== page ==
I was introduced to Self Care Catalysts when I attended ePharma back in March. I really had a great time speaking with the SCC team and am extremely happy to say that I will be participating in their Self Care Mvmt at the end of June in Toronto!
There is some great buzz out there already on Twitter using the tag #selfcaremvmt. The movement centers around how important it is to care for ourselves as patients with chronic illnesses and to celebrate the moments where we have been able to care for ourselves.
For the next few weeks, I’ll be posting on some self-care topics as a part of the lead up to this awesome event – and my foray into world travel.
It is important to mention that I am being compensated for these blog posts and my involvement in the Self Care Mvmt. However, all thoughts below are my own and have not been influenced by said compensation.
Today’s topic is Psychological and Emotional Self-Care.
Self-care is hard. When it comes to physical self-care, we can write it off as needing to do maintenance like oil changes so our bodies don’t fall apart.
Mental, psychological, and emotional self-care, however, cannot be handled so easily.
In order to take care of our minds and souls, we have to discover what helps us individually to a further extent than physical self-care. Fulfillment and enjoyment are at the root of this type of self-care.
Personally, there are many things that I find help with this type of self-care. Meditation and mindfulness help me immensely as I discussed with Rohan Gunatillake for his book This is Happening:
The app Rohan created, Buddhify, helps so much.
Therapy helps me as well. My therapist is AMAZING and she does such a great job of helping me to think through things, even if I don’t see her as often as I could.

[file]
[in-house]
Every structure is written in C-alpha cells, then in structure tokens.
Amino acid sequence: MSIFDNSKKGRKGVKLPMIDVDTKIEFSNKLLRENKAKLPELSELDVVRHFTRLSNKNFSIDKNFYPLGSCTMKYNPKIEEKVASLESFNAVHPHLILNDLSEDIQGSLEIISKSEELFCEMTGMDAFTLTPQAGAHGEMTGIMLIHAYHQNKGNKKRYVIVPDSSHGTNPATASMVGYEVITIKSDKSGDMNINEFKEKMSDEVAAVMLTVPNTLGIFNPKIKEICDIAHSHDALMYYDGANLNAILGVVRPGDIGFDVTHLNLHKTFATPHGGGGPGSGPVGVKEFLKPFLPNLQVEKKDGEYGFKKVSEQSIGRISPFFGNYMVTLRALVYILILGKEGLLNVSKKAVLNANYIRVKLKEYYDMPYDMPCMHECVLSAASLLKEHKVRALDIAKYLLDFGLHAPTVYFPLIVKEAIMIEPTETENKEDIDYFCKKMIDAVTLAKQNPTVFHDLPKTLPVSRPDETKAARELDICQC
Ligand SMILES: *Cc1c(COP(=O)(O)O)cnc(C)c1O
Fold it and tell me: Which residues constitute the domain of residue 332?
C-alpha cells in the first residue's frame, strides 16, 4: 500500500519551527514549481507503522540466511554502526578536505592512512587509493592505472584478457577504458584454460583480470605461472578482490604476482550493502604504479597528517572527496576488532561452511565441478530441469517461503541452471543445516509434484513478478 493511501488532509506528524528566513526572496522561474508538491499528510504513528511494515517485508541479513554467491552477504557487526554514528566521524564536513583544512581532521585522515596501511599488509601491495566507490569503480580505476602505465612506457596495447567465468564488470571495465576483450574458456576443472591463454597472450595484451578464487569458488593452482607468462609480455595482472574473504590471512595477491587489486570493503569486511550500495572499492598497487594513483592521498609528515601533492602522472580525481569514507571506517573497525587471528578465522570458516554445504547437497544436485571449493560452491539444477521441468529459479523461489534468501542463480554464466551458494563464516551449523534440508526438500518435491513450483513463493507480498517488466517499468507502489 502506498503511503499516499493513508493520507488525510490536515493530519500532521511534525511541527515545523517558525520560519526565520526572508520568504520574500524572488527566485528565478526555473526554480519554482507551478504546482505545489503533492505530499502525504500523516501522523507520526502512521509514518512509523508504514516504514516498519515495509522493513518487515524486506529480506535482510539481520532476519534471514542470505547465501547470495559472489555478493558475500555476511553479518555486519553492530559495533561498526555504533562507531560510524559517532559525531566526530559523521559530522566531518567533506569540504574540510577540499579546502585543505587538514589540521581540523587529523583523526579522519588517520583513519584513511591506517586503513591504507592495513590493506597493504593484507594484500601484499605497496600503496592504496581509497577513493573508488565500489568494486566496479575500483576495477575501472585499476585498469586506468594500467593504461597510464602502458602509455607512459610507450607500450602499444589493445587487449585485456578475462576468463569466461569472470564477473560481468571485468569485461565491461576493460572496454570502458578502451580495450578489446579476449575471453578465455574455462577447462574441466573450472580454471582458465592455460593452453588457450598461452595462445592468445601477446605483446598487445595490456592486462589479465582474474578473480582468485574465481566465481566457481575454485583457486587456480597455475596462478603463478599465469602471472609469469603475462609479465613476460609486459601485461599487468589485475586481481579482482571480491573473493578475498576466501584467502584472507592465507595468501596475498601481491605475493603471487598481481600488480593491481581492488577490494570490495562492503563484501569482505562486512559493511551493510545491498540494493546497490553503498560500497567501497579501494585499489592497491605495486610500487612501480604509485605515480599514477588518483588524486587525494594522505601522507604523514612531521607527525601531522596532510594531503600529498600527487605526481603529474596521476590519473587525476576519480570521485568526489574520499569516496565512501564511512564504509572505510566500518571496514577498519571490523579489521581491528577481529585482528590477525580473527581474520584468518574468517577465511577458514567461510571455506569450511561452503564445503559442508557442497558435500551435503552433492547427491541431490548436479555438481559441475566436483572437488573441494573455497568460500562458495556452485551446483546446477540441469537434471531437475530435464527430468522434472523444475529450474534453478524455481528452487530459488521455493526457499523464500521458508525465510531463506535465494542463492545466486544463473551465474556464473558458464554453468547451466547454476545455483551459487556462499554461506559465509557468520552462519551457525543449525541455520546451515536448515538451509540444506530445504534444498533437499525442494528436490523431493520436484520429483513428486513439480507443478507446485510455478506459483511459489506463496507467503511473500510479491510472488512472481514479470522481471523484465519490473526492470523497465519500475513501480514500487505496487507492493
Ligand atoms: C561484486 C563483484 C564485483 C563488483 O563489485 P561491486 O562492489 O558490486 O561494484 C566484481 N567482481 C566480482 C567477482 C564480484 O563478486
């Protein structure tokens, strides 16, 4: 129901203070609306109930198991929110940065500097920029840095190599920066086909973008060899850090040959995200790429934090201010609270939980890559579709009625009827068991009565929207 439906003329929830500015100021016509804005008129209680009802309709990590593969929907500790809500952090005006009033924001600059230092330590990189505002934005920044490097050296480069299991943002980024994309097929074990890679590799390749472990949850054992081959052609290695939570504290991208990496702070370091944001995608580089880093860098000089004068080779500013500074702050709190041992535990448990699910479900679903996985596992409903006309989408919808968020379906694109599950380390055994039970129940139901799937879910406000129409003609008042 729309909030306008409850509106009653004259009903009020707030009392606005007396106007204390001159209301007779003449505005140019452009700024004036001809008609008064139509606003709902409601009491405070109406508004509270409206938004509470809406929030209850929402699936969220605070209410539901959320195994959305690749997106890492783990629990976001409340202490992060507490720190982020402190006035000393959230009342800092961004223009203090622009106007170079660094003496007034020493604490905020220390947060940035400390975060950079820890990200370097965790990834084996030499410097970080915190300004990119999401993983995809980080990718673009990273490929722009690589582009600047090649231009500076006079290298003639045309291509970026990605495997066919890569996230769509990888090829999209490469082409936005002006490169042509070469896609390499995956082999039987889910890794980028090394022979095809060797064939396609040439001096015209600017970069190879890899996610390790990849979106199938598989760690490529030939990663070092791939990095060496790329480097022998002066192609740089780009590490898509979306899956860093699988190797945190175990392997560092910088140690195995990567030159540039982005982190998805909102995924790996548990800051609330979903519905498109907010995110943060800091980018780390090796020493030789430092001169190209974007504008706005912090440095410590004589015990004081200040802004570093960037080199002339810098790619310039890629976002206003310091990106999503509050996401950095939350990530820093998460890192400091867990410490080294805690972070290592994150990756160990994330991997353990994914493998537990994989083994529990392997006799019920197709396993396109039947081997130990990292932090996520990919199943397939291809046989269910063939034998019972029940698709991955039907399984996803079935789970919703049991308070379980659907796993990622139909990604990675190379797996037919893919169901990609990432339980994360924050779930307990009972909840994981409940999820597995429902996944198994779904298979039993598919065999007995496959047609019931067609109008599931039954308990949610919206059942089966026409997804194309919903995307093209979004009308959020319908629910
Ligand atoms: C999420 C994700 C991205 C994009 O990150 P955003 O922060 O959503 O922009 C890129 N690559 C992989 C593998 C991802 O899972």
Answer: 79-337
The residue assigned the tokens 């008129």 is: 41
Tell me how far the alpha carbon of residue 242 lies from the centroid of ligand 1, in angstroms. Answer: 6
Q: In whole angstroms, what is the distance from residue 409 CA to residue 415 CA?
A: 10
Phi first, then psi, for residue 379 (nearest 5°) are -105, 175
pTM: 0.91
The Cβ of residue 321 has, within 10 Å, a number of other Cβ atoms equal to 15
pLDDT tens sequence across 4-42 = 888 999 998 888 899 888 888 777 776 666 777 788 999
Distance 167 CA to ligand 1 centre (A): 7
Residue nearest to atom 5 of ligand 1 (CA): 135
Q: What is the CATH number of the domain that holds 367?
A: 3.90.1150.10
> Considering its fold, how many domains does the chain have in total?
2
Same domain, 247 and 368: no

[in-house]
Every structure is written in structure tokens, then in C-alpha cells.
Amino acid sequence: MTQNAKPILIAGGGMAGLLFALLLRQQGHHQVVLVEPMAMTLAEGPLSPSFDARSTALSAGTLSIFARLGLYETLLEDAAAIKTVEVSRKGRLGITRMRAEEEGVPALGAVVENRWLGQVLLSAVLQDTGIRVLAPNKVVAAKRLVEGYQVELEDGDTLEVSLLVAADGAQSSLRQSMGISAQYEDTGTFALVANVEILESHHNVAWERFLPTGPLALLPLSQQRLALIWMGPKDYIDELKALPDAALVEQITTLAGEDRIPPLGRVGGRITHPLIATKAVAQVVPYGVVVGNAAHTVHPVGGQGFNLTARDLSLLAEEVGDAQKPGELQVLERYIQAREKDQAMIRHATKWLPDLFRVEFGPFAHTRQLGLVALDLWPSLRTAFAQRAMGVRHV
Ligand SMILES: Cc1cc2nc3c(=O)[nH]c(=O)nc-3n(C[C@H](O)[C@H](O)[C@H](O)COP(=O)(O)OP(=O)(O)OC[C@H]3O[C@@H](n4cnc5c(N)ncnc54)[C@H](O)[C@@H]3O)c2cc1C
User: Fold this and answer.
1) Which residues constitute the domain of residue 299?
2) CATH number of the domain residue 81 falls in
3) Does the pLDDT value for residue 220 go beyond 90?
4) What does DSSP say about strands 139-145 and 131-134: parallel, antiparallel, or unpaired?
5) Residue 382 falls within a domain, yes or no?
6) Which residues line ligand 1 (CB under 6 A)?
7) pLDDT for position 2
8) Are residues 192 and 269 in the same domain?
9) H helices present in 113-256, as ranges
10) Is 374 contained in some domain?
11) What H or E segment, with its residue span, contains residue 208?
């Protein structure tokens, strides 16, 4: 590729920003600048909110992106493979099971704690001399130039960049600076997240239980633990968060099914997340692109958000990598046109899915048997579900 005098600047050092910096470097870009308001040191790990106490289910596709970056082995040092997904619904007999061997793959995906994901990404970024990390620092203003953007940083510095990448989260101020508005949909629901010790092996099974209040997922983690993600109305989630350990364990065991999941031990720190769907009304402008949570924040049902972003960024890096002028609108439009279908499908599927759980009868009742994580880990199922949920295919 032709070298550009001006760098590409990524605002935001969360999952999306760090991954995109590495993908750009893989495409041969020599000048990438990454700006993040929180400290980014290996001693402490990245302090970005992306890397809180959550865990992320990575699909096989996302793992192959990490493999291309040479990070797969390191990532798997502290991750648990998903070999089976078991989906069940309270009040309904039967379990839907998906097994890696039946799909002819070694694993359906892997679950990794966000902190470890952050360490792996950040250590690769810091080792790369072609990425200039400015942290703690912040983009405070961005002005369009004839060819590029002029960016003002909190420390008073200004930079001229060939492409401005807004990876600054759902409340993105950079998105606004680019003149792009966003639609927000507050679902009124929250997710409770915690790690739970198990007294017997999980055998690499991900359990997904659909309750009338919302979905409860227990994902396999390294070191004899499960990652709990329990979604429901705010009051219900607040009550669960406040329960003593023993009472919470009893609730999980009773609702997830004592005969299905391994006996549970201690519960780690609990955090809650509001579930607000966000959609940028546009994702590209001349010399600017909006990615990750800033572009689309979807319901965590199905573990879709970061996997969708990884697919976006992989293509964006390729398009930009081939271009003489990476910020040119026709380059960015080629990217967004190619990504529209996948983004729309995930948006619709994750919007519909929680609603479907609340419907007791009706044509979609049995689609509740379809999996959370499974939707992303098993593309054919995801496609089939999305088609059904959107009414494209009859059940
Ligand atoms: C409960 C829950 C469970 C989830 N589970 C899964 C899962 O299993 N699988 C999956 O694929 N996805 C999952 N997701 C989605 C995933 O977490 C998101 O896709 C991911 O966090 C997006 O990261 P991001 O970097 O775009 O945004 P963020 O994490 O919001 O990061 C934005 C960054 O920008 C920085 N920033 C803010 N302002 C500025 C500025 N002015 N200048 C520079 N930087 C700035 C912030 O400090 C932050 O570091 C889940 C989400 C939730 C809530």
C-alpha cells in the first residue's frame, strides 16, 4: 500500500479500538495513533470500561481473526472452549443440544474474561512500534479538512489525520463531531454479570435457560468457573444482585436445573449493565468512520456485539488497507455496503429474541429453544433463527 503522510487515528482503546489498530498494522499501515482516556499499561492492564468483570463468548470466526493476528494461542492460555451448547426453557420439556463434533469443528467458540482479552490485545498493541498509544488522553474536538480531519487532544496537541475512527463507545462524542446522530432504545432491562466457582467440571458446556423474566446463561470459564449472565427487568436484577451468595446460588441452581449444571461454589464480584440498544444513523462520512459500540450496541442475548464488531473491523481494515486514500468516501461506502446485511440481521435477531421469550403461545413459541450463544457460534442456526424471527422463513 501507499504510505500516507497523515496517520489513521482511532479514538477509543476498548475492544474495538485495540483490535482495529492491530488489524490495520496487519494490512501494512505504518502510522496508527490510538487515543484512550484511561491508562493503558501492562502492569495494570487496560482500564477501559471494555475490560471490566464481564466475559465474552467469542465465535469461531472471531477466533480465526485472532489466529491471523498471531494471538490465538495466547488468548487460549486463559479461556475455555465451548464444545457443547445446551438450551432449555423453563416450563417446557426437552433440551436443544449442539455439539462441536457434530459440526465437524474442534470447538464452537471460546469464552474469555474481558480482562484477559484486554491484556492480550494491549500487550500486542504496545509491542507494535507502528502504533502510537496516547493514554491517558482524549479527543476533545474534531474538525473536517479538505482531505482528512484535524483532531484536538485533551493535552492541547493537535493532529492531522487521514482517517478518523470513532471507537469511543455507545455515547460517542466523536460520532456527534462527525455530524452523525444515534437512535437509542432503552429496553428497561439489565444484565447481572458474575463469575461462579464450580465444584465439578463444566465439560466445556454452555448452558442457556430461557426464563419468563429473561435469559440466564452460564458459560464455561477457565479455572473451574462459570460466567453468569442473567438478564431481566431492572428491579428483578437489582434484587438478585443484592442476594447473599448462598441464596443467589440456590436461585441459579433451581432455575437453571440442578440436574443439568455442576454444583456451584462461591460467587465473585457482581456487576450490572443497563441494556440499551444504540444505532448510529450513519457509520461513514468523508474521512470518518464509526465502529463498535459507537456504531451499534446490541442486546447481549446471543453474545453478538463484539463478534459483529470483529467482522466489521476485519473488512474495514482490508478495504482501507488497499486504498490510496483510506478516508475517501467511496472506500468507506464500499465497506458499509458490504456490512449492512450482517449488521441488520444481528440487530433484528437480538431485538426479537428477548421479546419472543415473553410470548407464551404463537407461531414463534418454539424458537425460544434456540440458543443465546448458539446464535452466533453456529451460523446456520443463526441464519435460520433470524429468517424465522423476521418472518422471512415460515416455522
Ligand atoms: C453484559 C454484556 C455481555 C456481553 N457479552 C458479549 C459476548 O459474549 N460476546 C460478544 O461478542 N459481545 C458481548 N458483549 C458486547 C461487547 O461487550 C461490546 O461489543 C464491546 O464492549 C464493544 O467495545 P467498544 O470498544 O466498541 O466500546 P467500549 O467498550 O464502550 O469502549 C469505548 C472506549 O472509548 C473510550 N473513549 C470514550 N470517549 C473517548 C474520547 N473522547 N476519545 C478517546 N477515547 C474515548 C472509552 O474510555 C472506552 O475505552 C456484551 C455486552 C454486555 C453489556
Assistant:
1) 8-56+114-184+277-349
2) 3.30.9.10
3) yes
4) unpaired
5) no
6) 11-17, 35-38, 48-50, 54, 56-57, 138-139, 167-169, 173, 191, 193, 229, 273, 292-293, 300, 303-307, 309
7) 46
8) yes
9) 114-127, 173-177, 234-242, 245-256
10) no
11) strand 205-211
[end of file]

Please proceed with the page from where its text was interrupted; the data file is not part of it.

As I touched on in my last post on spiritual self-care, being in nature and/or with loved ones truly helps me to re-energize.
Laughter is key as well. Without laughing at my hands when they don’t work or at myself when I slip and harm myself due to the lack of strength I once possessed… I would cry. I have learned that crying isn’t bad but merely a release of emotions. Still, I don’t enjoy it. It feels more harmful than helpful and isn’t conducive to my overall health.
I can track my moods through the Health Storylines app which helps me to practice self-care more earnestly.
One of the things that I enjoy from the Health Storylines app from Self Care Catalysts is how easy it can be to gather wisdom and thoughts for the day:
There are also portions of journaling (which I don’t necessarily utilize because I write here!) but is a great set-up:
It isn’t always easy to figure out what things to write, so these are great prompts for those new to journaling.
What are some ways that you practice self-care for the emotional and psychological parts of you?